On September 5, 2018, I attended the forum for City Council candidates in the upcoming city election. One of the questions for the candidates was, “What do you see as one of the significant problems the city is facing and what do you hope to do about it?”
A significant number of candidates identified the homeless as a problem and offered that they did not know what to do about them. Because of the nature of homelessness the solution is not easy.
Homelessness is a circumstance of life no one is ever really ready for. No one ever said, “My goal in life is to be homeless.” Nor has anyone responded to the question, “What do you want to be when you grow up?” with “I want to be homeless, broke, and disdained by society.” When we see human beings as a problem – we become the problem because we are using ourselves as the model for others to live up to. I have noticed we seem to have more compassion for a homeless cat or dog than we do for our fellow humans who are experiencing a homeless event.
Homelessness is a very difficult thing to confront because it has so many causes. People suggest that there is a lack of affordable housing. Others suggest there is a lack of jobs providing a living wage. One could also suggest that burdensome taxation results in homelessness – or any other myriad of reasons. When an individual has to choose between medicine, food, or housing – people choose to try to make it by living in the woods or under a bridge. Food and life-sustaining medicines are essential. Tents or shacks are not adequate housing, but provide for the immediate protection against the elements and is thought to be appropriate for a short period of time. No one thinks homelessness is forever.
Perspective is another part to the issue of homelessness. Although it has been said perception is 90% reality … our perceptions are not always right. When the homeless are perceived as a problem we become convinced – they are the problem. Are they the problem? And if they are, why are they the problem? Is it because they use the library or enter a store? Is it that they have a strong odor because they lack bathing and clothes-washing facilities? Is it because they walk our streets? Let me note: I have never been able to distinguish homeless people just because they are walking the street. In fact, one of the city council candidates stated that he was pedestrian. One of our sitting city council members walks downtown, has he been mistaken for a homeless person?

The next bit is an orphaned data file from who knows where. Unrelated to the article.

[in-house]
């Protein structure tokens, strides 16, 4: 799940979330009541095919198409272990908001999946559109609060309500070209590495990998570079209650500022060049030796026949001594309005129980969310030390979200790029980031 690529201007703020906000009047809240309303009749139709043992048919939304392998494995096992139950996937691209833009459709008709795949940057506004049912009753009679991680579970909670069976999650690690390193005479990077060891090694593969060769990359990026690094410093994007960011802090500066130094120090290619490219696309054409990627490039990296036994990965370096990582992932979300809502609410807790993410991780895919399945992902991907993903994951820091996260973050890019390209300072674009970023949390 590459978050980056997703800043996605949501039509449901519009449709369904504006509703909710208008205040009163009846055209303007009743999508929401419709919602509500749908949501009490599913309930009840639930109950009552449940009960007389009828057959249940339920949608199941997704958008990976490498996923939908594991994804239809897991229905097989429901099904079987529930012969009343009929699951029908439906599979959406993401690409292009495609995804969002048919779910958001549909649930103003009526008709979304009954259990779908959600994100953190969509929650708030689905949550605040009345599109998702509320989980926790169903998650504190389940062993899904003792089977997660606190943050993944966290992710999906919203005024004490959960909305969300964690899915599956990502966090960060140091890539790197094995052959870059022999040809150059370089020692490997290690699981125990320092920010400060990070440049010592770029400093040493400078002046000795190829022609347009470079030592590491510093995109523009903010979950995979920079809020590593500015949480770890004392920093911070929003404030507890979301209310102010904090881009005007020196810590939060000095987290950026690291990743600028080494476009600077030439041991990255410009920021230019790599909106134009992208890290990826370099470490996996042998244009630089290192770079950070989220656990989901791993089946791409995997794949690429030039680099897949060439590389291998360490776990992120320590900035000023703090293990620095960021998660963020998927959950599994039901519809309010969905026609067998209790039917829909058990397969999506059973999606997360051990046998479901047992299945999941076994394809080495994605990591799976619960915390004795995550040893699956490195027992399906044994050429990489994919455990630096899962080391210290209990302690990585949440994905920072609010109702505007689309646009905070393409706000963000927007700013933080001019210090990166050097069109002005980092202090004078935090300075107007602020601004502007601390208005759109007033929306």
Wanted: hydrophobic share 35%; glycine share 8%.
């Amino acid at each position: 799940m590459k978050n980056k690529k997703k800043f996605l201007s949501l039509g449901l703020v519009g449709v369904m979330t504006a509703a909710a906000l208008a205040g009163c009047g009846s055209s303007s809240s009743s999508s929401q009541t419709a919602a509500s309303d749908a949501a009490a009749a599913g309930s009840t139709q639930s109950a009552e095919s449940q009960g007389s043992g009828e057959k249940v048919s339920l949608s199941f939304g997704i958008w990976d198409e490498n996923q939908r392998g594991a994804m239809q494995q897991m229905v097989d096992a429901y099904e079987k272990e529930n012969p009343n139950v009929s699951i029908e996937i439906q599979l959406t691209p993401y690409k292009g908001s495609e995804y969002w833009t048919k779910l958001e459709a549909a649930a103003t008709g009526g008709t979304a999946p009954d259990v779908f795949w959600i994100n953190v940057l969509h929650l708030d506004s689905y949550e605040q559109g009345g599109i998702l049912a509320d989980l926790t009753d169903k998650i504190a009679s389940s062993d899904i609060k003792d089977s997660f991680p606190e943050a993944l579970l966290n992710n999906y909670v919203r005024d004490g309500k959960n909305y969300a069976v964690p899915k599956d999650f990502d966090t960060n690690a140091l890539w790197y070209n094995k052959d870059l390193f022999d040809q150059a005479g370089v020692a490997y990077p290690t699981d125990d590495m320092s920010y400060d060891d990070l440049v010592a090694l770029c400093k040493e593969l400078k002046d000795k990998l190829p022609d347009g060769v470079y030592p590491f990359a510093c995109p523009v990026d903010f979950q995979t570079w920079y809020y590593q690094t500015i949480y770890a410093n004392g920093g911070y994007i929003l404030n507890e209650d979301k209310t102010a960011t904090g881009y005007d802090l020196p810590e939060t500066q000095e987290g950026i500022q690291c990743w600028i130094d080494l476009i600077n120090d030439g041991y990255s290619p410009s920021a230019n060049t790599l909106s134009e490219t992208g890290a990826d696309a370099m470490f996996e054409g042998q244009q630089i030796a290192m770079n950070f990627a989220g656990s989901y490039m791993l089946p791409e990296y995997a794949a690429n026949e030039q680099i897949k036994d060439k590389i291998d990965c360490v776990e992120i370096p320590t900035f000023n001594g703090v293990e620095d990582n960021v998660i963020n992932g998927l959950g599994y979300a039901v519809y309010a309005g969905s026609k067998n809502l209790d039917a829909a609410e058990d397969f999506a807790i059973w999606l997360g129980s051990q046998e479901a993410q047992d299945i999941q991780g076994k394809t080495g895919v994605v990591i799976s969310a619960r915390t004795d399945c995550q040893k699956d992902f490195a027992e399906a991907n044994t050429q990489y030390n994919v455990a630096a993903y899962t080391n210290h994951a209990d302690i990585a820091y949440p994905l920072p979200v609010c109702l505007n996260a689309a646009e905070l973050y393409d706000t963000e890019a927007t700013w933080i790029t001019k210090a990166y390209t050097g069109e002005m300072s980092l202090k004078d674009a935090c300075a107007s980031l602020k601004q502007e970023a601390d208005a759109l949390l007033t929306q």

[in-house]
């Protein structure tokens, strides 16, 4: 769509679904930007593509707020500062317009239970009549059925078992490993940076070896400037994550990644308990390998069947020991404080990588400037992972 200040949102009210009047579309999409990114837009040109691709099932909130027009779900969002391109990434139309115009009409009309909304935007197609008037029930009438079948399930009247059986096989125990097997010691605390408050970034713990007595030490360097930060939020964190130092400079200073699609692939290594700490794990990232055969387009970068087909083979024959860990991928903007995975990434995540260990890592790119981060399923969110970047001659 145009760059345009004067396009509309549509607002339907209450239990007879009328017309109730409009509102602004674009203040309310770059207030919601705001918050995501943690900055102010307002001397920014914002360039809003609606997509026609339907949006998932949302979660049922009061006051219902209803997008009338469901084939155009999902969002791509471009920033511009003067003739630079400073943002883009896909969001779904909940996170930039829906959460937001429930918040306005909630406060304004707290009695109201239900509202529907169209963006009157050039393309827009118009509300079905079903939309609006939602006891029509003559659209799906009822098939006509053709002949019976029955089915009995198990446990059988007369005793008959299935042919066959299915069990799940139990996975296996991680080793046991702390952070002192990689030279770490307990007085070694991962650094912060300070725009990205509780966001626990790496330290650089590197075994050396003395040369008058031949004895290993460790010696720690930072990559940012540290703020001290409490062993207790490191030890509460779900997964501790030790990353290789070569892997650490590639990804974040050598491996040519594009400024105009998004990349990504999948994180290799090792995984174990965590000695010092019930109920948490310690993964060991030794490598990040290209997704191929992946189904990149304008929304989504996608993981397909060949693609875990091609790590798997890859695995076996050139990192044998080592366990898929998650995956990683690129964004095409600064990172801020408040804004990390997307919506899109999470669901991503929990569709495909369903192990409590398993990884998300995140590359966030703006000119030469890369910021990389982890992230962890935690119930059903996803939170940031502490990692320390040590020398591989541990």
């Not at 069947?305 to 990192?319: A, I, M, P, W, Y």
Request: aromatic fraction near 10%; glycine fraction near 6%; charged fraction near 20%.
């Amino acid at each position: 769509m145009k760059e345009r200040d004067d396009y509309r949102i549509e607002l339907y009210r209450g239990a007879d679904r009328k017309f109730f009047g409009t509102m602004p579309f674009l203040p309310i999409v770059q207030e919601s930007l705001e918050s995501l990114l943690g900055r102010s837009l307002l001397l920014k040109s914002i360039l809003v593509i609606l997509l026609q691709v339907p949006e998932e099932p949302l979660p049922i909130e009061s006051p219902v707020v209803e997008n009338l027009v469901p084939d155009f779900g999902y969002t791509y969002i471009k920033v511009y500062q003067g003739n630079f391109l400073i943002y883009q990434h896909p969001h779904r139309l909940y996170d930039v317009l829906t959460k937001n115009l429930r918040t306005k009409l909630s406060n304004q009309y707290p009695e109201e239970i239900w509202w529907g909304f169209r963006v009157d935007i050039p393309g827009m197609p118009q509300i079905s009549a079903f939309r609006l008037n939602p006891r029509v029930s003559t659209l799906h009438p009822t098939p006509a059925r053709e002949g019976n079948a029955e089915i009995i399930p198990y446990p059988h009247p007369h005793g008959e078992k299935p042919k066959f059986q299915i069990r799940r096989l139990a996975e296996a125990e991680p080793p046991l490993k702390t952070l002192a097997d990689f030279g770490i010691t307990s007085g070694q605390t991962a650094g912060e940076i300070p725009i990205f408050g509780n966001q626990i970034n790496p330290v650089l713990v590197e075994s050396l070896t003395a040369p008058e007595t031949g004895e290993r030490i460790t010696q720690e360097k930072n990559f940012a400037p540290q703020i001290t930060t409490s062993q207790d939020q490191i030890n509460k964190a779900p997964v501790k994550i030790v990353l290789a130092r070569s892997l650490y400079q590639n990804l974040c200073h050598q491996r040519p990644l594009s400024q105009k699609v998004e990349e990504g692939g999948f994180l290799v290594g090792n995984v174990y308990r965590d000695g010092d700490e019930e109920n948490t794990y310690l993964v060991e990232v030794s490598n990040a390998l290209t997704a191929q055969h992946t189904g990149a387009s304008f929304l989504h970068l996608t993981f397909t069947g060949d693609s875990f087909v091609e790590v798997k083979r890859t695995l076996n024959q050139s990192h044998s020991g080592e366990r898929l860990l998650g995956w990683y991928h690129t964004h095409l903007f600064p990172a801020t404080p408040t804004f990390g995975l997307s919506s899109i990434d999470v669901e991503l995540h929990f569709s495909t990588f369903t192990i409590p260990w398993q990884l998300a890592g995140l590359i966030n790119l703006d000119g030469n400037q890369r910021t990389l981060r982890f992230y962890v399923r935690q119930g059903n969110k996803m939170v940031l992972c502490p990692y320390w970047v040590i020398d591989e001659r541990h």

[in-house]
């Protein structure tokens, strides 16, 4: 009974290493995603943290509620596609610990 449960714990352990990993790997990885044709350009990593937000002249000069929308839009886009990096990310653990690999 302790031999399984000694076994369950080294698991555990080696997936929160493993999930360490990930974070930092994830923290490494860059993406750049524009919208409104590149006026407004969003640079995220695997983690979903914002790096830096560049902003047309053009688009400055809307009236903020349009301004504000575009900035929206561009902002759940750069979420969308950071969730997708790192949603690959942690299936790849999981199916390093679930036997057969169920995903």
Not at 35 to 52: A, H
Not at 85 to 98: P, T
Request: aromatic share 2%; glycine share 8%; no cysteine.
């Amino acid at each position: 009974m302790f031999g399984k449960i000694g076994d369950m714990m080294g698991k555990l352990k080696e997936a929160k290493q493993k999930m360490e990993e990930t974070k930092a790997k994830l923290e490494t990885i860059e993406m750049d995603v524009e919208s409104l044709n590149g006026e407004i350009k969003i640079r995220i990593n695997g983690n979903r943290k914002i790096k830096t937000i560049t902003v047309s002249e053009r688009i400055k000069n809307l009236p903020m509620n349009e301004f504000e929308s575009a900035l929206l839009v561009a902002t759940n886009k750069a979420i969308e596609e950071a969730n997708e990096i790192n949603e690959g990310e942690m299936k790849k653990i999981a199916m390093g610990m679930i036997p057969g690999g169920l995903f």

Does carrying a backpack classify a person as homeless or a college student? Is a homeless person addicted to drugs or alcohol before the homeless event or does addiction develop as a way of dealing with the hardships of being homeless? These questions illustrate our perceptions and the folly of them.
No one single answer will address the homeless issue or our perceptions. I would like to note that these same perceptions are foisted on many nationalities living in America and that is what we call prejudice.
People make choices and must live with consequences of those choices. Unless homeless people or drug addicts want help we cannot help them. It is a choice they make and they have to choose to change. Why should homeless people want to change when all of our actions towards them speak of the disdain we have for them?
Let me state, we have the same goal as the city council and many people in our community has – we do not want people to live on the street. Our approaches may differ but our goal is unified. We must help those people who are in dire circumstances to be lifted out of them. Compassion requires action… Union Mission is acting on their behalf.
Pastor George Batten